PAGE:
In a previous simulation, I have generated a thermal flux like the attached figure and used that fluence for estimating Mo production from U-235.
The spectra was read with an energy interval of 6.25E-06 GeV. So in this case, although the neutron energy was sampled at different eV values, has it still used group wise cross section?
Also, now since point wise cross sections are available, do we need to only add a blank LOW_PWXS card like this ?
Indeed the definition of the LOW_PWXS card as you did is correct if you want to activate the point-wise treatment to all materials in your simulation. By enabling the card this way there is no call for group-wise cross section treatment.
Couple of remarks on your input:
The definition of Am is not needed in the MATERIAL cards, it is enough to provide Z and A values.
As you are enabling the LOW_PWXS card for all materials, the LOW-MAT cards are no longer needed for 238U and 235U.
Little note, the maximum neutron energy in your input spectra is less than 1 eV while you want to sample at intervals of 6.25e-6 GeV which stands for 6.25e3 eV.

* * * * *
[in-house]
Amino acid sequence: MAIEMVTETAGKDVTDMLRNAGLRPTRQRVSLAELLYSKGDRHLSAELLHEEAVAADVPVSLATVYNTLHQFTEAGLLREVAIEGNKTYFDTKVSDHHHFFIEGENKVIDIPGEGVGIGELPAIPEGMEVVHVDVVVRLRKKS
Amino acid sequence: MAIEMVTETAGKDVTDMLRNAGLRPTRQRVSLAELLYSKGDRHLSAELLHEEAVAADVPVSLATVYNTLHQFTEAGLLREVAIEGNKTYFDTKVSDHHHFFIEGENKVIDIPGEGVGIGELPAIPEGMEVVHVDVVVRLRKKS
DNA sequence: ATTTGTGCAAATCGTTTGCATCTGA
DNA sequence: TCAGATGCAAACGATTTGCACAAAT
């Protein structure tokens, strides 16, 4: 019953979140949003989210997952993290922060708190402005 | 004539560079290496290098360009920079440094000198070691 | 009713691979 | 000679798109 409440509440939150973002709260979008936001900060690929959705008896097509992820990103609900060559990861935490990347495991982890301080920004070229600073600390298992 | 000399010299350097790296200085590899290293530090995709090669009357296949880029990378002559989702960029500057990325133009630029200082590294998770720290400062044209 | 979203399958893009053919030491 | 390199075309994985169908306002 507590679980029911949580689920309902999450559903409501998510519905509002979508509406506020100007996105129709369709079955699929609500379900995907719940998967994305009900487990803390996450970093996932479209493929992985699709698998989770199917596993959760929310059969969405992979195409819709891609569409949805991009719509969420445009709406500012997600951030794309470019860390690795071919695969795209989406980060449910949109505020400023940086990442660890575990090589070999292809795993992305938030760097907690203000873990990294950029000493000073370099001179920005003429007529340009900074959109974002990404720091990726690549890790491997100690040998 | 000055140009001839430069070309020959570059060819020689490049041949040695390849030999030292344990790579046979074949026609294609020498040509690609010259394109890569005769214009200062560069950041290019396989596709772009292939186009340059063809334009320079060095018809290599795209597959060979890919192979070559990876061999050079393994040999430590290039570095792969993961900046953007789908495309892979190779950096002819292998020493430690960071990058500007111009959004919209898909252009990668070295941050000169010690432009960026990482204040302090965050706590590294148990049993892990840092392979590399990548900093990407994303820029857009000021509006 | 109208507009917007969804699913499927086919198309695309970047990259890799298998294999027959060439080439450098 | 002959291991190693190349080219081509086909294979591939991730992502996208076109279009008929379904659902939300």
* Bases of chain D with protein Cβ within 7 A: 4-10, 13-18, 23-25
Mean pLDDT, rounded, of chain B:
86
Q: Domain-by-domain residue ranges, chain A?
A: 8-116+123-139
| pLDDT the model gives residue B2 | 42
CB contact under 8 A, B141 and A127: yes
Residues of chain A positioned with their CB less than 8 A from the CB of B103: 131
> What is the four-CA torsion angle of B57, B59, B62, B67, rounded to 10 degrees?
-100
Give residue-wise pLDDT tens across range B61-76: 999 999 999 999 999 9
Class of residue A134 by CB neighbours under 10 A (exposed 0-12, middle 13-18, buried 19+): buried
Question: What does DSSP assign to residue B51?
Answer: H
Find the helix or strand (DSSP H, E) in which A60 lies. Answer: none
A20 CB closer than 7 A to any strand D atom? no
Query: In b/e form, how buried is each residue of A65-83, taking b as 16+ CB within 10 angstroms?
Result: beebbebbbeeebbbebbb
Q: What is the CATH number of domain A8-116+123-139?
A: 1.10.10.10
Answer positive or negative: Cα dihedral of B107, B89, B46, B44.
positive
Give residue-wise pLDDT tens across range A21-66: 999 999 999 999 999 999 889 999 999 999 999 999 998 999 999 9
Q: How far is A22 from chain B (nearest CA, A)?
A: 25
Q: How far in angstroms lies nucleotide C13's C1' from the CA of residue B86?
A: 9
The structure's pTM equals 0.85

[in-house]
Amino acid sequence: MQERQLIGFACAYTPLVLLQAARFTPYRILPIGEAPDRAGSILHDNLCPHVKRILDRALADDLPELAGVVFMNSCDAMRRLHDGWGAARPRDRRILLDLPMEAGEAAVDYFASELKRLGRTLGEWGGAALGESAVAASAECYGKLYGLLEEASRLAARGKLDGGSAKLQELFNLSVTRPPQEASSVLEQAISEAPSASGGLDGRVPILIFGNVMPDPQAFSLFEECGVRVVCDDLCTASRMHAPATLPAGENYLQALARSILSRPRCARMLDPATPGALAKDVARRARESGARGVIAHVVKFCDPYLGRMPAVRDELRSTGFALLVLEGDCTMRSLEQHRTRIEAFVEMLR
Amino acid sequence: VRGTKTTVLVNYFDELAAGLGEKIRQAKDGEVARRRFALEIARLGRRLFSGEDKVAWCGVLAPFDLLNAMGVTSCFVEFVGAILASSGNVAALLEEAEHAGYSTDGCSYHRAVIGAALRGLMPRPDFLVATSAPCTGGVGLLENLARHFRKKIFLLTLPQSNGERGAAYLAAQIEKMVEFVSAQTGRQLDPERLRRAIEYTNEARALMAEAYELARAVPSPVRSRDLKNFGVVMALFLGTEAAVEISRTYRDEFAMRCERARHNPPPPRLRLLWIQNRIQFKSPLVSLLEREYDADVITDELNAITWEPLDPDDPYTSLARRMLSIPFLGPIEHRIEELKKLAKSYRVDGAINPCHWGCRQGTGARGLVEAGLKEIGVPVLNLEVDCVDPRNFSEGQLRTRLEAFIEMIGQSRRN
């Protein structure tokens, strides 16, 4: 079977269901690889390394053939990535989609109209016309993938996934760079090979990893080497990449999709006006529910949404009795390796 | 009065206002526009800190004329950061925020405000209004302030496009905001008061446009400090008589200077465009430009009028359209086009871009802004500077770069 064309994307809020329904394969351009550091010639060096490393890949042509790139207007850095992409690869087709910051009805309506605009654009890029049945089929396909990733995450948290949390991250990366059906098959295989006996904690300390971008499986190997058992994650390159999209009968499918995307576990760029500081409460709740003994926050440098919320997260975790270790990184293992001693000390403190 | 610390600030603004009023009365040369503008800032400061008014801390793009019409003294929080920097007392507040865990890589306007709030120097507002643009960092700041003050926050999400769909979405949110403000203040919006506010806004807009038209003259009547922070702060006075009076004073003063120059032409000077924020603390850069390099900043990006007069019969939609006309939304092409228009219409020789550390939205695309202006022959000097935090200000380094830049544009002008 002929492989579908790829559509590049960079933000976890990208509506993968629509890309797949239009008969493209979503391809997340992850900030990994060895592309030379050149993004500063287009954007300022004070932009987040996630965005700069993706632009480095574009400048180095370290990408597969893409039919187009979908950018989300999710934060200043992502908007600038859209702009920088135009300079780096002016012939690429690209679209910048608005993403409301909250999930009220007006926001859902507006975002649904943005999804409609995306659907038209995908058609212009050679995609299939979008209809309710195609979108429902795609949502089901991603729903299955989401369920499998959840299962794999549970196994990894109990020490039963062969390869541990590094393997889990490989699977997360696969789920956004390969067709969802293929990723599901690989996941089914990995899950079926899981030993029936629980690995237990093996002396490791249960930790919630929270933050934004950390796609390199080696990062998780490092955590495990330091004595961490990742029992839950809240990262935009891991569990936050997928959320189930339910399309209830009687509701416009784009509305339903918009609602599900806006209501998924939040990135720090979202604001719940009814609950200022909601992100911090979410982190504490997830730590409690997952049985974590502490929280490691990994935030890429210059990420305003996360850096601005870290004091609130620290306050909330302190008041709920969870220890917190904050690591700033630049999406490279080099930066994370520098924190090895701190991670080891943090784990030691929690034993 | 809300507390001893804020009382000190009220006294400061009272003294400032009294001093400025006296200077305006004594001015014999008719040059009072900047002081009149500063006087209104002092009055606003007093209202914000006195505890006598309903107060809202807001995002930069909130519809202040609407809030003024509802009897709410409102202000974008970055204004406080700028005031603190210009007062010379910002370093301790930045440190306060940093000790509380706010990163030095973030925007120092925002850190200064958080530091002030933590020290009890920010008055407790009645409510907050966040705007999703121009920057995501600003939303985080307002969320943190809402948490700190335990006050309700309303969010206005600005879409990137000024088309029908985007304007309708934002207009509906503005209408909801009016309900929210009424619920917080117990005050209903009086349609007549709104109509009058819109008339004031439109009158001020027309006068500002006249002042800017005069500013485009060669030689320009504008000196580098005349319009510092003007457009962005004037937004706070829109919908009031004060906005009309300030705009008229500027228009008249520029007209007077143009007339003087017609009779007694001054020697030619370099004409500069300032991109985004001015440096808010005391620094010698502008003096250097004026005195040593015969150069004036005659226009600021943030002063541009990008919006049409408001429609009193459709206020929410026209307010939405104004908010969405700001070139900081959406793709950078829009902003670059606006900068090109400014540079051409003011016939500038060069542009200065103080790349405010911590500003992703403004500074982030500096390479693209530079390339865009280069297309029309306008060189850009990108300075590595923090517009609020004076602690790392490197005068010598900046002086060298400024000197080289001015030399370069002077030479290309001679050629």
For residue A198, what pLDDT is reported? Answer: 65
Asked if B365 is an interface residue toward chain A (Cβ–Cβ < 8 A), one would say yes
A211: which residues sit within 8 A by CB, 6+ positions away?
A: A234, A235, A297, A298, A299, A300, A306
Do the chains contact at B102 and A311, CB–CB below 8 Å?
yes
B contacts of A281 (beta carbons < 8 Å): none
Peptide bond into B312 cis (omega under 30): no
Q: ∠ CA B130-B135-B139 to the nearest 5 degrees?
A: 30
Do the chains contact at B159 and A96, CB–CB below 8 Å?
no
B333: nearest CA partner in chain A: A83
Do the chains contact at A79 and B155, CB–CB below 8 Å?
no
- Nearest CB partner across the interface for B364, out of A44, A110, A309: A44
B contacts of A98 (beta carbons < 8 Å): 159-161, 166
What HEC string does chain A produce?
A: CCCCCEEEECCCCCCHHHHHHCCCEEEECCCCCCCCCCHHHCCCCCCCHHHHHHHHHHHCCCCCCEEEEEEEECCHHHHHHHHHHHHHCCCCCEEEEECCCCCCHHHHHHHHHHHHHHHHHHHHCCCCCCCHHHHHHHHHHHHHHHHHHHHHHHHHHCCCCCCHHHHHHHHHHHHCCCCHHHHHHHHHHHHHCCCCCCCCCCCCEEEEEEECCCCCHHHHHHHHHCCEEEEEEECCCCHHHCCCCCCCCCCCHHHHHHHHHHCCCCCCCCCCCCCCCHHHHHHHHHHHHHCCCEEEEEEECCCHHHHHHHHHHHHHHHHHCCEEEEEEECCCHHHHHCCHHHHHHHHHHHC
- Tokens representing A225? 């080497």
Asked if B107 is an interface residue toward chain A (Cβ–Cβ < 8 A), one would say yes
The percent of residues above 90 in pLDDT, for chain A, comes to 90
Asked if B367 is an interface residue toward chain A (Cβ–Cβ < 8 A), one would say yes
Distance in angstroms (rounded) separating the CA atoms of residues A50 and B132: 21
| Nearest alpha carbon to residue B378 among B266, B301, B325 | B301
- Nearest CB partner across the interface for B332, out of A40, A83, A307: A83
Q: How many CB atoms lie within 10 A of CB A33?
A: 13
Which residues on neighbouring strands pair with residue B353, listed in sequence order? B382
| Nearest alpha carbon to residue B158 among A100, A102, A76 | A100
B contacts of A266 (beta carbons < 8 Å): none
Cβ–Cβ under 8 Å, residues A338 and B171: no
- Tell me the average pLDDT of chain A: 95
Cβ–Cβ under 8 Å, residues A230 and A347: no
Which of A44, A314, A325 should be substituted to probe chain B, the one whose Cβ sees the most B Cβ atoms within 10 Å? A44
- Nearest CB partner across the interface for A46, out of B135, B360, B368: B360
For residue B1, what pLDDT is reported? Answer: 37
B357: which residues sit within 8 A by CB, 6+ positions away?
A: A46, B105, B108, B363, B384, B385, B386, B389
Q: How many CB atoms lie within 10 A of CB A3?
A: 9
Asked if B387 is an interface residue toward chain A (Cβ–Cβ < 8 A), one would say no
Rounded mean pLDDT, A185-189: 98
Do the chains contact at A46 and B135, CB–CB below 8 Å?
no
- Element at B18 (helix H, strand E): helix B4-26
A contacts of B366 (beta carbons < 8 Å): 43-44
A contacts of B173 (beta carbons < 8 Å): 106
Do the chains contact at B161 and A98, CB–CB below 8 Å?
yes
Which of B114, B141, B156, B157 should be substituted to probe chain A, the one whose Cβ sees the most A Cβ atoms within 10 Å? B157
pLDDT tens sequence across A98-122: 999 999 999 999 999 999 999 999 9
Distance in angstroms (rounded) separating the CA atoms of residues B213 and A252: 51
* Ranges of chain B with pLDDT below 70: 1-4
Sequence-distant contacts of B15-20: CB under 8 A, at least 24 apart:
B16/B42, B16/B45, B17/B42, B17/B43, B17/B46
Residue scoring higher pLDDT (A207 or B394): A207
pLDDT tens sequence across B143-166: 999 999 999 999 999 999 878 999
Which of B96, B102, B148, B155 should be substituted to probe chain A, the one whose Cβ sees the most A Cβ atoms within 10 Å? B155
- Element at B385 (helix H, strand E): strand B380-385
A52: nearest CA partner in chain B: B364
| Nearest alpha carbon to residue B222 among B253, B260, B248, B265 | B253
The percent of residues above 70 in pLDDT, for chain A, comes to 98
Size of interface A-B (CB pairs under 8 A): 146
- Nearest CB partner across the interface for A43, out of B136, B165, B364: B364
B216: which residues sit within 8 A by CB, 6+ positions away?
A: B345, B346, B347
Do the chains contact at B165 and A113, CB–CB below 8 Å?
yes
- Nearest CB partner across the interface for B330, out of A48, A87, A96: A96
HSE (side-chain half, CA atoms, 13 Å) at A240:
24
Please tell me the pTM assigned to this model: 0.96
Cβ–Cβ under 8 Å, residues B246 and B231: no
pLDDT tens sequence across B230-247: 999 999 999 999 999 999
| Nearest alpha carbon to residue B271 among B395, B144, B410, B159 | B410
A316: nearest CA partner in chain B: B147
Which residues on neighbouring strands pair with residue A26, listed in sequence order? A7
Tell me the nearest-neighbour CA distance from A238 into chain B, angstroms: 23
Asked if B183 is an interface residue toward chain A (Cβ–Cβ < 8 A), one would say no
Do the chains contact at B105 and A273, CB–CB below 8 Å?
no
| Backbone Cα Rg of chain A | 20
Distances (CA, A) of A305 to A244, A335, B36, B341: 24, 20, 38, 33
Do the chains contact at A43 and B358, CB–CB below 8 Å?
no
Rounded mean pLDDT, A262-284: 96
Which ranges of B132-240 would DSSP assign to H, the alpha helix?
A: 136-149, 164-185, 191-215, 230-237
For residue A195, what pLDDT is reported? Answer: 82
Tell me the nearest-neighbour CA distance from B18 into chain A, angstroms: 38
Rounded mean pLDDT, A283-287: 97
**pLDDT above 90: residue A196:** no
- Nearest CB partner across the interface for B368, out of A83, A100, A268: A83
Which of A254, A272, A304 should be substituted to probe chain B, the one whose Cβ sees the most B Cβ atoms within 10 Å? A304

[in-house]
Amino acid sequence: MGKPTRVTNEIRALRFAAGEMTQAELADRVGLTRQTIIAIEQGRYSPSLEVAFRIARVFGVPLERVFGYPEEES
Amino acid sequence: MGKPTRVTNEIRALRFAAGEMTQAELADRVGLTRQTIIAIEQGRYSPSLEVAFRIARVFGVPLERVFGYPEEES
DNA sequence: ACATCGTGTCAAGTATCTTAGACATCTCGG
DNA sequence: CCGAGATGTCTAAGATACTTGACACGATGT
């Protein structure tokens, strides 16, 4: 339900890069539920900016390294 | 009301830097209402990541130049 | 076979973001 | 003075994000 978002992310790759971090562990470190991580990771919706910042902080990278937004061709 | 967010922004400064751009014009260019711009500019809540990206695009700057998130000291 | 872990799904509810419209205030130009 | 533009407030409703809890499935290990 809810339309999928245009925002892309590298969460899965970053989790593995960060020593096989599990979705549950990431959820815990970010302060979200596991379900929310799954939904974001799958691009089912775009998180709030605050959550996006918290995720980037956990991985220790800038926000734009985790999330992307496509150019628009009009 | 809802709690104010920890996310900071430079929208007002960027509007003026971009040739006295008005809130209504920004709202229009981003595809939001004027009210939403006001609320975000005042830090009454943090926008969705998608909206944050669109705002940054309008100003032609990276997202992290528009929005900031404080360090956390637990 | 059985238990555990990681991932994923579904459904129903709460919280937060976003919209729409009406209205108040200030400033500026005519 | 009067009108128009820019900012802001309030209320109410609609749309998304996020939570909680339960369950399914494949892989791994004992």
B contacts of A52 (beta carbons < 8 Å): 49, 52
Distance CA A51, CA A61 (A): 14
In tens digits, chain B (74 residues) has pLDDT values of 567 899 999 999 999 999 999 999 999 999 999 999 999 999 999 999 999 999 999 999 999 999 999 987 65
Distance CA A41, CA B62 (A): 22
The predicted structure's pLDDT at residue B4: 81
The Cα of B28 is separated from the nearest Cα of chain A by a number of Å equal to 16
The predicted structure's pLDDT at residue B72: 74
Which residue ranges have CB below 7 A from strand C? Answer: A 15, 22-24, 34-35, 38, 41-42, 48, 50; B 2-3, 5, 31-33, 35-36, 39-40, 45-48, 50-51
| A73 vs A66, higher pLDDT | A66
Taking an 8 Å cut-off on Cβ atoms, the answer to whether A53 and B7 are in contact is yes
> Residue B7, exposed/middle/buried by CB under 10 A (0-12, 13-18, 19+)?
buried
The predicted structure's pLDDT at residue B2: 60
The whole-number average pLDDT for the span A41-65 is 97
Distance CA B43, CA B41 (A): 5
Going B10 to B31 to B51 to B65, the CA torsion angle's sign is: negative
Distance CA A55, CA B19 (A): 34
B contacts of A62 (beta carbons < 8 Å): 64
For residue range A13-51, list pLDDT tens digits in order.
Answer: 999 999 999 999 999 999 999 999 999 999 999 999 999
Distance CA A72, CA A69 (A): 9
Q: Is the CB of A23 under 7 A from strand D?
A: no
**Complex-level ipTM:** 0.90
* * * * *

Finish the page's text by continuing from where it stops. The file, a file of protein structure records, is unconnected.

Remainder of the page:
Hope this helps you.
Thank you @msabateg for the response. And I am sorry for my mistake that I wrote the energy interval wrong (it should be eV, not GeV).
In my source file, I am reading the spectrum in the following way:
momentum_energy = sample_spectrum( “neutron_spectrum.txt”, “eV” )
Few of the spectrum is something like this: (unit: ev… #/cm^2)
Does FLUKA point wise treatment have this much low neutron energy cross section or is there any lower limit for this? Because then accordingly I can use binning in my spectra.
The lower energy limit for the point wise cross section treatment is the same as the lower limit for neutron transport in FLUKA, i.e., 1e-14 GeV that corresponds to 1e-5 eV.
As for the binning, you can use the one you think it is better for your simulations. The energy of the spectra does not need to match the energies of the point wise cross sections data base since a linear interpolation is performed between consecutive points with an uncertainty less than 1/1000.
Thank you @msabateg for the guidance. The topic is now clear to me.